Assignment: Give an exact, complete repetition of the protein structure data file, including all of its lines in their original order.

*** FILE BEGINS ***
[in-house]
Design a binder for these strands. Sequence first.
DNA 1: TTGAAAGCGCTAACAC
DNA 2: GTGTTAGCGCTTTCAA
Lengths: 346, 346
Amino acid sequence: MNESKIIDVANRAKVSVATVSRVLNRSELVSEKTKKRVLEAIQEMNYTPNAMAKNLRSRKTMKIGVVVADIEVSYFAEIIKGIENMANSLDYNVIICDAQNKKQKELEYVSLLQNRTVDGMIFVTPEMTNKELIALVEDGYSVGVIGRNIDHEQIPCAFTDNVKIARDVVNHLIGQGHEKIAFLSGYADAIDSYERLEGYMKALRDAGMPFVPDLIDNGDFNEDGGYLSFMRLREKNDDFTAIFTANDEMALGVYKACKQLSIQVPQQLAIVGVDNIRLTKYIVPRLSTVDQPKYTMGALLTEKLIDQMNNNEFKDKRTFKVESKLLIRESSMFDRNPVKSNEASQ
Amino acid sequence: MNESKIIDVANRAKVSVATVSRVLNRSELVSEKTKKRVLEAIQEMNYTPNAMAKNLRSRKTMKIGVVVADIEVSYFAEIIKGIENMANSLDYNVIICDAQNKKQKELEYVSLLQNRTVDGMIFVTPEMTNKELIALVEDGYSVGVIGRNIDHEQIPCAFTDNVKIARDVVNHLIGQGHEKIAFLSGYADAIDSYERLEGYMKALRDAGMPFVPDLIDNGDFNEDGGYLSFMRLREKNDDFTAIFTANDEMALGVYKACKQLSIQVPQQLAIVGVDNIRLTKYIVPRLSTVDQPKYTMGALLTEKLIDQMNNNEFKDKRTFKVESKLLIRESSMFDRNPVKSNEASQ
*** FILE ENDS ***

[in-house]
Design a binder for these strands. Sequence first.
DNA 1: TTGAAAGCGCTAACAC
DNA 2: GTGTTAGCGCTTTCAA
Lengths: 346, 346
Amino acid sequence: MNESKIIDVANRAKVSVATVSRVLNRSELVSEKTKKRVLEAIQEMNYTPNAMAKNLRSRKTMKIGVVVADIEVSYFAEIIKGIENMANSLDYNVIICDAQNKKQKELEYVSLLQNRTVDGMIFVTPEMTNKELIALVEDGYSVGVIGRNIDHEQIPCAFTDNVKIARDVVNHLIGQGHEKIAFLSGYADAIDSYERLEGYMKALRDAGMPFVPDLIDNGDFNEDGGYLSFMRLREKNDDFTAIFTANDEMALGVYKACKQLSIQVPQQLAIVGVDNIRLTKYIVPRLSTVDQPKYTMGALLTEKLIDQMNNNEFKDKRTFKVESKLLIRESSMFDRNPVKSNEASQ
Amino acid sequence: MNESKIIDVANRAKVSVATVSRVLNRSELVSEKTKKRVLEAIQEMNYTPNAMAKNLRSRKTMKIGVVVADIEVSYFAEIIKGIENMANSLDYNVIICDAQNKKQKELEYVSLLQNRTVDGMIFVTPEMTNKELIALVEDGYSVGVIGRNIDHEQIPCAFTDNVKIARDVVNHLIGQGHEKIAFLSGYADAIDSYERLEGYMKALRDAGMPFVPDLIDNGDFNEDGGYLSFMRLREKNDDFTAIFTANDEMALGVYKACKQLSIQVPQQLAIVGVDNIRLTKYIVPRLSTVDQPKYTMGALLTEKLIDQMNNNEFKDKRTFKVESKLLIRESSMFDRNPVKSNEASQ